When the rigid elongated member forms a splint suitable for use on a front leg, the cavity created by the concave surface of the first side of the rigid elongated member has a uniform cross section throughout the first section and the second section. The cross section of the cavity has an area which is bounded by a curved surface and a straight line. Preferably the curved surface approximates a circular arc. It is further preferred that the circular arc is about 130 degrees. For a front leg splint it is still further preferred that the cavities in the first section and the second section have concave surfaces which have a common axis.

The rigid elongated member forms a splint for use on the rear leg when the cavity of the first section of the rigid elongated member has a variable cross section. The cross section is bounded by a curved surface, which preferably approximates a circular arc, and a straight line where it joins the second section and widens, becoming approximate to a planar surface, close to the proximal end. The cavity of the second section has a cross section of uniform area which is bounded by a curved surface and a straight line. The second section mates with the first section. The second section preferably has a curved surface which approximates a circular arc generated about a second section axis. This axis intersects the line of traverse for the bone of the upper leg such that the included angle β2 is about 130 degrees so as to place the leg in the normal standing position. It is further preferred that for the section of uniform cross section which terminates in the distal end, that the grooves and the distal end form an angle β3 of about 70 degrees with the axis for the circular section.

Preferably the rigid elongated member is a transparent plastic so the bandage can be viewed through the splint. It is further preferred that there is a central section of the rigid elongated member which does not have holes. This hole free region serves as an unobstructed viewing window and protects the underlying region from dirt and other foreign matter.

BRIEF DESCRIPTION OF THE FIGURES

FIG. 1 is a perspective view which illustrates the shape of the front leg splint.

FIG. 2 illustrates a preferred groove profile for a splint of the present invention.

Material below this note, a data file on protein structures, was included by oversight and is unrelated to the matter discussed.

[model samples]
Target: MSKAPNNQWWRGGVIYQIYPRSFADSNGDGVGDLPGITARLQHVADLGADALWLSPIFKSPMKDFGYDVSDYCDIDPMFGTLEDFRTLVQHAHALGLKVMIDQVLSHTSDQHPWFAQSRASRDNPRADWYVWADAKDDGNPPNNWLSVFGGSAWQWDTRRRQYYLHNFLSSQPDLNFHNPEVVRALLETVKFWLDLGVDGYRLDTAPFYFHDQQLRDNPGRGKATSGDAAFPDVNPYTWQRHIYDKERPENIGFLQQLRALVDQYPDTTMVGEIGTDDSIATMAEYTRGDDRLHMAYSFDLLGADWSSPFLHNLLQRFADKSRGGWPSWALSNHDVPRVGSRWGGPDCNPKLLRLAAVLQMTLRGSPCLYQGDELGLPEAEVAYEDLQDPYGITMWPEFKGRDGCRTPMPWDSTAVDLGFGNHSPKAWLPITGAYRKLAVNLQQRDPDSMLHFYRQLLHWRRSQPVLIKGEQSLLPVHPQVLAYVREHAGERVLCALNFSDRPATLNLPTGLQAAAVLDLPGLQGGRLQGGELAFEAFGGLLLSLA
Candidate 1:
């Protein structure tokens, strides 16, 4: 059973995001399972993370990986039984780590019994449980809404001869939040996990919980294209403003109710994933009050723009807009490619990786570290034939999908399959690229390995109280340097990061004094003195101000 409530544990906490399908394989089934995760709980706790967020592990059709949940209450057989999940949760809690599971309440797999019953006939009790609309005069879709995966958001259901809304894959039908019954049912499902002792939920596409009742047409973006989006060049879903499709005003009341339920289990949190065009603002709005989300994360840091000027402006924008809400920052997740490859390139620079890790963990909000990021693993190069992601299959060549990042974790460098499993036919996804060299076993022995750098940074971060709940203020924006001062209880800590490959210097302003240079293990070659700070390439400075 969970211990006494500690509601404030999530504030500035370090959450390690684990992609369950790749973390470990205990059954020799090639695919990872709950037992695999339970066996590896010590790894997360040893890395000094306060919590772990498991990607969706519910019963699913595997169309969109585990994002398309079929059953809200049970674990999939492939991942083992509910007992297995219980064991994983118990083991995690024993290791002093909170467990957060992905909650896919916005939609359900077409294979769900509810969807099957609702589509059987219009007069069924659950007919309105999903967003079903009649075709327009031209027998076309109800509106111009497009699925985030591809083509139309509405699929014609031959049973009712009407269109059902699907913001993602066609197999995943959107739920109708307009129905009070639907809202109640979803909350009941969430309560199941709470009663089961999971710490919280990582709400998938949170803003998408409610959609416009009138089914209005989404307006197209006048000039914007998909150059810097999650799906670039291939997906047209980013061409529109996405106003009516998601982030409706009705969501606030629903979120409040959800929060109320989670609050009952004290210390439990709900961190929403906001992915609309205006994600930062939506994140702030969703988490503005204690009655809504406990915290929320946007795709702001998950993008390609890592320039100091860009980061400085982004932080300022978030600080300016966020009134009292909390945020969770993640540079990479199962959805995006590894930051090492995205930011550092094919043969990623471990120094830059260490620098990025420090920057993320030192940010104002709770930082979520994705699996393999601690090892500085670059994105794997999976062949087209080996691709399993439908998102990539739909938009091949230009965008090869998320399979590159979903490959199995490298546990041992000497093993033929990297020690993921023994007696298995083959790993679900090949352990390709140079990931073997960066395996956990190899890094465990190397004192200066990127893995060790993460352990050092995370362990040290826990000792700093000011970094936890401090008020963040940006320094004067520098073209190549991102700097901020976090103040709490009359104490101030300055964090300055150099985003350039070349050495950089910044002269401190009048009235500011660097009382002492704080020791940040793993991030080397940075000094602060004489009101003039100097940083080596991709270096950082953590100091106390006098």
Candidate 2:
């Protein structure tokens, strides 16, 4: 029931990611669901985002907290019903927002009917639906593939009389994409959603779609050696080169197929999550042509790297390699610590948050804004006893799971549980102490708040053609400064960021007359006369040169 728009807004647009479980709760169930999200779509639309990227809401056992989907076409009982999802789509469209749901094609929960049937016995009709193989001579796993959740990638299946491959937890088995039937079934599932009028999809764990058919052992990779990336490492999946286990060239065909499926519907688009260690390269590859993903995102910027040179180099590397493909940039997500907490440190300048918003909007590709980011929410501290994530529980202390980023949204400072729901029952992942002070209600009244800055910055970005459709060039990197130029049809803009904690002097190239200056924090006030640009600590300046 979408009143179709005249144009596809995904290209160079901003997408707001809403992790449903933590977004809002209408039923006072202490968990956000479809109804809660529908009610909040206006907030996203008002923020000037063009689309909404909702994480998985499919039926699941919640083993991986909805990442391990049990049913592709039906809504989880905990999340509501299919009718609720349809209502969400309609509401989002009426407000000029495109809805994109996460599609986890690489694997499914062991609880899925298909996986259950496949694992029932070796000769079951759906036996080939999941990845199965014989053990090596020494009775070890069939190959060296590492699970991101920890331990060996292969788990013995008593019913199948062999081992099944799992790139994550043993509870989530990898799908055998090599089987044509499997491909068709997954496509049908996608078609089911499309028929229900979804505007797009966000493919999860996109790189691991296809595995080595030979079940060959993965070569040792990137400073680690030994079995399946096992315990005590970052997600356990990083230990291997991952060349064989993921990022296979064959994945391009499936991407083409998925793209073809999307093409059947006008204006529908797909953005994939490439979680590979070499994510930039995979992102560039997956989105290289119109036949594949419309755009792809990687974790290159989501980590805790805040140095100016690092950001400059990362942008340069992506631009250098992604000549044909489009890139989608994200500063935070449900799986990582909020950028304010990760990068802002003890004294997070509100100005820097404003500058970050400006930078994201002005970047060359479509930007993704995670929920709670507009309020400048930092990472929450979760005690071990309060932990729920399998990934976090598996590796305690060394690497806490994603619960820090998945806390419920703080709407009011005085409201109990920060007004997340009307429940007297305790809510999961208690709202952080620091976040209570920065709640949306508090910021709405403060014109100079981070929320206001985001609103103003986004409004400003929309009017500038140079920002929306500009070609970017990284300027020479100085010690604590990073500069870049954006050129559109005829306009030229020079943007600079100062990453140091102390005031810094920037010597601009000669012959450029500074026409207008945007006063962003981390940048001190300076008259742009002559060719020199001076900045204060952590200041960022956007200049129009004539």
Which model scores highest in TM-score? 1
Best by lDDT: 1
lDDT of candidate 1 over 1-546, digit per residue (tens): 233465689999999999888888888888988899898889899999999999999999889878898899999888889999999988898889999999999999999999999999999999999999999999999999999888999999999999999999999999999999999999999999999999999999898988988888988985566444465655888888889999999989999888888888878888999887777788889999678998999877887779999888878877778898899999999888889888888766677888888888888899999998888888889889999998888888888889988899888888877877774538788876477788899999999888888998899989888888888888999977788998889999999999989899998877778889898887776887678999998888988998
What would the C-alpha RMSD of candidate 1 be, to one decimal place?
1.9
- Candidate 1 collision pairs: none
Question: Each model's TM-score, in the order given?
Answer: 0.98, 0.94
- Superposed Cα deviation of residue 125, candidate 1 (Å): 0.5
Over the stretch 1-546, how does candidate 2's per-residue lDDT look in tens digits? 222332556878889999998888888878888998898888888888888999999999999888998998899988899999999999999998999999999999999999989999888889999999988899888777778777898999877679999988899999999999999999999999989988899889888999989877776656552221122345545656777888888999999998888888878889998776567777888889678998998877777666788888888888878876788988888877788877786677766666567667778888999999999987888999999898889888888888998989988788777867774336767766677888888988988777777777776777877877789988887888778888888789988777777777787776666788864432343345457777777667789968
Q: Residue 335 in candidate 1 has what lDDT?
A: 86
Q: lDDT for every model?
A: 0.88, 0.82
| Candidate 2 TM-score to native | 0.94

FIG. 3 illustrates a preferred sidewall orientation for a splint of the present invention.

FIG. 4 is an end view of the splint of FIG. 1 which illustrates a preferred cross section of a front leg splint.

FIG. 5 is a perspective view which illustrates the shape of the rear leg splint.

FIG. 6 illustrates a side view of a rear leg splint which is the mirror image of the splint shown in FIG. 4.

FIG. 7 illustrates a preferred embodiment of a front leg splint with a hole free central region.

FIG. 8 illustrates a soft bandage system applied to the front leg of an animal employing one embodiment of the splint of the present invention.

FIGS. 9-13 illustrates an example of a preferred method for applying the splint of the present invention to the rear leg of an animal and providing a restraining soft bandage system.

BEST MODE FOR CARRYING THE INVENTION INTO PRACTICE

FIG. 1 illustrates one embodiment of the splint 10 of the present invention which is suitable for use on the front leg of an animal such as a dog or cat. The splint 10 has a rigid elongated member 12 which supports the leg of the animal. The rigid elongated member 12 has a first section 14 and a second section 16. The first section 14 terminates in a proximal end 18, while the second section 16 terminates in a distal end 20. The proximal end 18 is the end closest to the point at which the leg attaches to the body of the animal. The distal end 20 is the end which is furthest from the body of the animal. The rigid elongated member 12 has a first side 22 and a second side 24. When the splint is used in combination with a bandage, the first side 22 engages the bandage (not shown) while the second side 24 is engaged by a wrapping (not shown). The combination provides a dressing with sufficient integrity to immobilize an injured leg of an animal.

It is preferred that the rigid elongated member 12 is configured such that the first side 22 is concave. This increases the contact between the rigid elongated member 12 and the underlying bandage. It is further preferred that the second side 24 of the rigid elongated member 12 is convex and that the two sides are spaced apart providing a wall 25 having a thickness t of between about 0.075 inches and 0.15 inches.